PHOENIX – President Donald Trump said Tuesday he will exclude undocumented immigrants in the 2020 census when it comes to allocating seats in Congress, a move critics called unconstitutional and unenforceable.
Opponents immediately vowed to sue over Trump’s memorandum, which comes a little more than a year after the Supreme Court rejected the administration’s attempt to include a citizenship question on the census.
“Today’s memorandum from Donald Trump to Lyin’ (Commerce Secretary) Wilbur Ross epitomizes the lawlessness of this administration,” said a statement from Thomas Saenz, president of the Mexican American Legal Defense and Educational Fund. “As the Supreme Court has long held, persons are persons under our Constitution, regardless of immigration status.”
MALDEF and the American Civil Liberties Union both said they would sue if the administration carries through on the order.
But the president’s supporters celebrated the move, which Rep. Paul Gosar, R-Prescott, said shows the “principle of one person one vote and the allocation of federal tax money to states and cities is being protected.”
“Counting illegal aliens for purposes of resource allocation steals money from cities that follow the law and rewards sanctuary cities that harbor criminals,” Gosar said in an emailed statement. “The President is taking prudent and lawful steps here to protect real Americans.”
Trump announced the move in a memorandum to the Commerce Department, directing it to “take all appropriate action … to provide information permitting the president” to exclude undocumented immigrants from the census, which is used to determine how many congressional representatives each state gets.
The president justified the exclusion of undocumented immigrants from the census count because he said it “reflects a better understanding of the Constitution and is consistent with the principles of our representative democracy.”
Commerce and the Census Bureau did not immediately respond to questions on how they could determine the number of undocumented immigrants when the citizenship question was specifically prohibited by the Supreme Court.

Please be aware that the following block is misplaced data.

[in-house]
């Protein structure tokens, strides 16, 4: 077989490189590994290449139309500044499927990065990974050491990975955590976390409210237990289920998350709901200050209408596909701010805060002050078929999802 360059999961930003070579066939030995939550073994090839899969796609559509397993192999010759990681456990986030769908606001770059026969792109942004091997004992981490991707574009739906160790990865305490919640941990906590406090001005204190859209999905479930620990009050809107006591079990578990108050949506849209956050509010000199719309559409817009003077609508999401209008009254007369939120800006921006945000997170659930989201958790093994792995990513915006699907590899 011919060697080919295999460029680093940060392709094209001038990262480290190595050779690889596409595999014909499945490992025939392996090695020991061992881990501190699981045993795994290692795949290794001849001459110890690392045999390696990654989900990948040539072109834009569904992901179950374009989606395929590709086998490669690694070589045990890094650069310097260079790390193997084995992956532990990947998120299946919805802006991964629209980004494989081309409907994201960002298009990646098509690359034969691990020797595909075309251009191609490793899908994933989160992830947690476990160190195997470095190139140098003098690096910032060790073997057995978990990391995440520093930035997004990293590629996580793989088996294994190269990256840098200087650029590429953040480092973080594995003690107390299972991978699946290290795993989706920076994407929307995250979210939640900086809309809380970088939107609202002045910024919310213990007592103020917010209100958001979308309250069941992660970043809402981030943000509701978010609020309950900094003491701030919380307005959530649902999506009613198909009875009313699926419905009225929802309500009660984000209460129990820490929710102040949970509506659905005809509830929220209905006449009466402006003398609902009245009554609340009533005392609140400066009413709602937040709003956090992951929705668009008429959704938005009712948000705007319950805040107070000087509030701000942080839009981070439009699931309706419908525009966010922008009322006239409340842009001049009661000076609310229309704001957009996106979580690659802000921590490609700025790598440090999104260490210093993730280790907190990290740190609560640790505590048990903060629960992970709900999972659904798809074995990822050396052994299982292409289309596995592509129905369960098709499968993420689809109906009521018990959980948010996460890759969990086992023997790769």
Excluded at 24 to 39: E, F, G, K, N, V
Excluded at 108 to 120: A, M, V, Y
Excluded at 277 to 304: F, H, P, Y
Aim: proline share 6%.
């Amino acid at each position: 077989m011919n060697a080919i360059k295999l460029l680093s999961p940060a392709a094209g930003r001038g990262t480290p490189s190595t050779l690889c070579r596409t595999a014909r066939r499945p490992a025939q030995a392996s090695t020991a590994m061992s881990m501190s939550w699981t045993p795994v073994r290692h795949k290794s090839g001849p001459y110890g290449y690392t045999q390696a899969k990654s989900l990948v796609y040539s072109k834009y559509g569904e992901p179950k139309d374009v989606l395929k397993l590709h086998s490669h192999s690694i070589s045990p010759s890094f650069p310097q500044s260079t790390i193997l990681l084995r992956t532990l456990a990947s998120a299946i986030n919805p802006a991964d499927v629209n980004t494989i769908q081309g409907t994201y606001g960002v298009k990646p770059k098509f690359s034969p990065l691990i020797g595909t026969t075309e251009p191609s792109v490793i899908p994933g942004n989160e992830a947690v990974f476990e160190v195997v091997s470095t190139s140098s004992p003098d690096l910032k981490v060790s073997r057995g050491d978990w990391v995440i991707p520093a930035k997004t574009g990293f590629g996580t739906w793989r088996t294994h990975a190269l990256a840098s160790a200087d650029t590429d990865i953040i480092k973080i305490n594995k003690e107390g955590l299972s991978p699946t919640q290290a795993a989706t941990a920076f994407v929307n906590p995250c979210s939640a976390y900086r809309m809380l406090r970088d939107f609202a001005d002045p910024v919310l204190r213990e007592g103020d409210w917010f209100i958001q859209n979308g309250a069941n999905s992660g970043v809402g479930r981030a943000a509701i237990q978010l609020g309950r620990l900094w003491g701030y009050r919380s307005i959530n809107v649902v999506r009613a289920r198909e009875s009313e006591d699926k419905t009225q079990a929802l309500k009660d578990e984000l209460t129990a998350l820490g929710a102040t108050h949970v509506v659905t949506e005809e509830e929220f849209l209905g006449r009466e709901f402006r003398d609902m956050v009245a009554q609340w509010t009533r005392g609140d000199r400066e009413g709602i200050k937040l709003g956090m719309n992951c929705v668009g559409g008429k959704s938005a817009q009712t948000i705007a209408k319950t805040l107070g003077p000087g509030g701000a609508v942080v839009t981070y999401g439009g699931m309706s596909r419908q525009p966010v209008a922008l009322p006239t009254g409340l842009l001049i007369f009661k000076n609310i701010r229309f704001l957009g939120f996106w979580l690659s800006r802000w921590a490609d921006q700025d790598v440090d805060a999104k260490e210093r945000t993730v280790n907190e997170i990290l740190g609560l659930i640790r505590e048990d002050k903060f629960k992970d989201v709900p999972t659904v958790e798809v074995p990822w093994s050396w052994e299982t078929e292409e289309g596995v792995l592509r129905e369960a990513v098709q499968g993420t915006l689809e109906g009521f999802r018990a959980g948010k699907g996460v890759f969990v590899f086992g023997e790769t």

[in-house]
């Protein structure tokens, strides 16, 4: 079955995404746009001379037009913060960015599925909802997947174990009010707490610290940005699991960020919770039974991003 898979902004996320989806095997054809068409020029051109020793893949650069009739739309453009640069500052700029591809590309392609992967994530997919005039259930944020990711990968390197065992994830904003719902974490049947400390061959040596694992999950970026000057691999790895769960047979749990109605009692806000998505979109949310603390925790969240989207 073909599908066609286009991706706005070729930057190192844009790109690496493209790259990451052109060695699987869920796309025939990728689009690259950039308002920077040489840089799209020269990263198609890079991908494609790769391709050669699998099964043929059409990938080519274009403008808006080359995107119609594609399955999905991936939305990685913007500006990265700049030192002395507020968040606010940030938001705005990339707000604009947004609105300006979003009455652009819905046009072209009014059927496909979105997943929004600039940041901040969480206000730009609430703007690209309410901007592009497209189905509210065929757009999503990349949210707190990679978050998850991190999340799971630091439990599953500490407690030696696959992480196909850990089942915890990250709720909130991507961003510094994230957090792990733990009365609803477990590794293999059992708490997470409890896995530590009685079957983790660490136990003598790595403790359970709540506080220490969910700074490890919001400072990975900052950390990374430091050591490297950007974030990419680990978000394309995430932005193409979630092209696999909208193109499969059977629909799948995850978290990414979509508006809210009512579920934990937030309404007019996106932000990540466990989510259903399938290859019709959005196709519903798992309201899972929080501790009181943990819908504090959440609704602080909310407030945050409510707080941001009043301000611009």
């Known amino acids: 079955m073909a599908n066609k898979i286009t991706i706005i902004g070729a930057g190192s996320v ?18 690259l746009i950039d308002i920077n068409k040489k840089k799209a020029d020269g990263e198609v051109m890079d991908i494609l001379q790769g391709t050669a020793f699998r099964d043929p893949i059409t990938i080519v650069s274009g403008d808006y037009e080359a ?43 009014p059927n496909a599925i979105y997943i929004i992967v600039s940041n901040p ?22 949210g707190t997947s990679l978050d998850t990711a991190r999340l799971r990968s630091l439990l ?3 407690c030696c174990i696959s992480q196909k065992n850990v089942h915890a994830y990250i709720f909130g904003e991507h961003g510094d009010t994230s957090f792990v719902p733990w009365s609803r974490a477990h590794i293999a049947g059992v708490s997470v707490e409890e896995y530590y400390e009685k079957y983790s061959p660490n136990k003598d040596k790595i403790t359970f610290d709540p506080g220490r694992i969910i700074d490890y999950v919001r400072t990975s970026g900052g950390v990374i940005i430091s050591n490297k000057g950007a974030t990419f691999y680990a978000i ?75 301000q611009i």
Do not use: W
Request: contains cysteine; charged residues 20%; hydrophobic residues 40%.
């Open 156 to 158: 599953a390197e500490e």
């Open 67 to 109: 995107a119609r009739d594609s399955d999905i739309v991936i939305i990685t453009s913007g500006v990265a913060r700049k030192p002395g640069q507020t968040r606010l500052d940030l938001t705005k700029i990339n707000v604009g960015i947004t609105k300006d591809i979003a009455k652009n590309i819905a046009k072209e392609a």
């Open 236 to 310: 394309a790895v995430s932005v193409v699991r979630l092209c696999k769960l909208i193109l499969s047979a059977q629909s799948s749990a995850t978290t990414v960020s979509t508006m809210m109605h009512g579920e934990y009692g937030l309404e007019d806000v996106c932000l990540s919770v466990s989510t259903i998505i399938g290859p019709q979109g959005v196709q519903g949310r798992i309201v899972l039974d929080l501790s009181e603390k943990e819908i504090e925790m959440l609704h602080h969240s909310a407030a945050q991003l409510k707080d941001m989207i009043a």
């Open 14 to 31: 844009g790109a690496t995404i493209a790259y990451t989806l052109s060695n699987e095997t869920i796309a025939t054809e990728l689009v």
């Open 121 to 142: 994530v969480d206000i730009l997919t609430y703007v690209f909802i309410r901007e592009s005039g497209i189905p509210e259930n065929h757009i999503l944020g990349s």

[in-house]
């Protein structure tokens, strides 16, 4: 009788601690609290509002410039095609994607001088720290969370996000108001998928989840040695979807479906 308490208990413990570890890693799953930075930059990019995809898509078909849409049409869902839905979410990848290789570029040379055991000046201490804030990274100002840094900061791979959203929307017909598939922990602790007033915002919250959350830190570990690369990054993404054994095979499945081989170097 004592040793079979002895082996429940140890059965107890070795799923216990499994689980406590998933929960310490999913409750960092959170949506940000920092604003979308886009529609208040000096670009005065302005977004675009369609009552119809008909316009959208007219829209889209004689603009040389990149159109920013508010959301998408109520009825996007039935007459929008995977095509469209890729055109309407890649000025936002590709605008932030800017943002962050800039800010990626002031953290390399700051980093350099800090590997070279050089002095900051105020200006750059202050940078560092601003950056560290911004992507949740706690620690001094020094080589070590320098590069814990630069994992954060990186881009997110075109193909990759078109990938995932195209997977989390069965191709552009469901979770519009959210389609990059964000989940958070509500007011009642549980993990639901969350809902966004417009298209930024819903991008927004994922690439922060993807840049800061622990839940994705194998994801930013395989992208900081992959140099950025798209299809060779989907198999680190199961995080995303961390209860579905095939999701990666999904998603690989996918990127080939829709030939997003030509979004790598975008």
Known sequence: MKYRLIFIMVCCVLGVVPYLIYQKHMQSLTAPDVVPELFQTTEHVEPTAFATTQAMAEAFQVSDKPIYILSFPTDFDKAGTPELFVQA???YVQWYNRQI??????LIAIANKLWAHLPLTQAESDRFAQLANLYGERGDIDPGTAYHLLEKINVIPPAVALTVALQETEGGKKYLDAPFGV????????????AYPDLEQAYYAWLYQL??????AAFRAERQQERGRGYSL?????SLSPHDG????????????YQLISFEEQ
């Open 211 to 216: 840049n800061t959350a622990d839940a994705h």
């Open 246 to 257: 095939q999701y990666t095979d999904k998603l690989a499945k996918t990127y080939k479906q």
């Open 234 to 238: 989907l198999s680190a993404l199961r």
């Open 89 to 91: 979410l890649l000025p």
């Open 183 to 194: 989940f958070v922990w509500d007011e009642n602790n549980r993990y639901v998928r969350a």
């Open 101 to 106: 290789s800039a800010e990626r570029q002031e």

But Trump’s memo and a White House spokesman both pointed to an executive order from July 2019 that directed the Census Bureau to collect citizenship records from federal departments and agencies in an effort to identify the undocumented population within the census.
Critics called the move just another example of Trump trying to rally his base ahead of the November election with more anti-immigrant rhetoric.
Vanita Gupta, president of the Leadership Conference on Civil and Human Rights, said Tuesday that “the civil rights community will fight to ensure everyone – regardless of immigration status – knows that they should be counted and that the Census Bureau can’t share personal information with ICE or law enforcement.”
Her statement went on to say that the administration’s interpretation of the Constitution is faulty. The line that says “representatives shall be apportioned among the several states according to their respective numbers, counting the whole number of persons in each state, excluding Indians not taxed” means everyone, citizen or not, should be counted, Gupta said.
Besides being used for congressional apportionment, census numbers are also used in the allocation of billions of dollars in federal funding for communities across the country. If entire groups are not counted in the census, their communities stand to lose money that would have gone into government programs, hospitals, infrastructure and schools.
“It’s an attempt to sabotage the census, and it’s shameful on all counts,” said Clarissa Martínez de Castro, deputy vice president of policy and advocacy at UnidosUS.
Far from being shameful, however, Gosar tweeted that the move is constitutional and he thanked the president for “standing up for American citizens!”
But Martínez de Castro called it an attack not just on undocumented immigrants, but on the Latino community as a whole. She said UnidosUs does not plan legal action, but will instead lead efforts to inform Latinos about misinformation and to ease any fears about the census so everyone can still get counted.
“The action here should be clear: respond to the census and get informed,” Martínez de Castro said.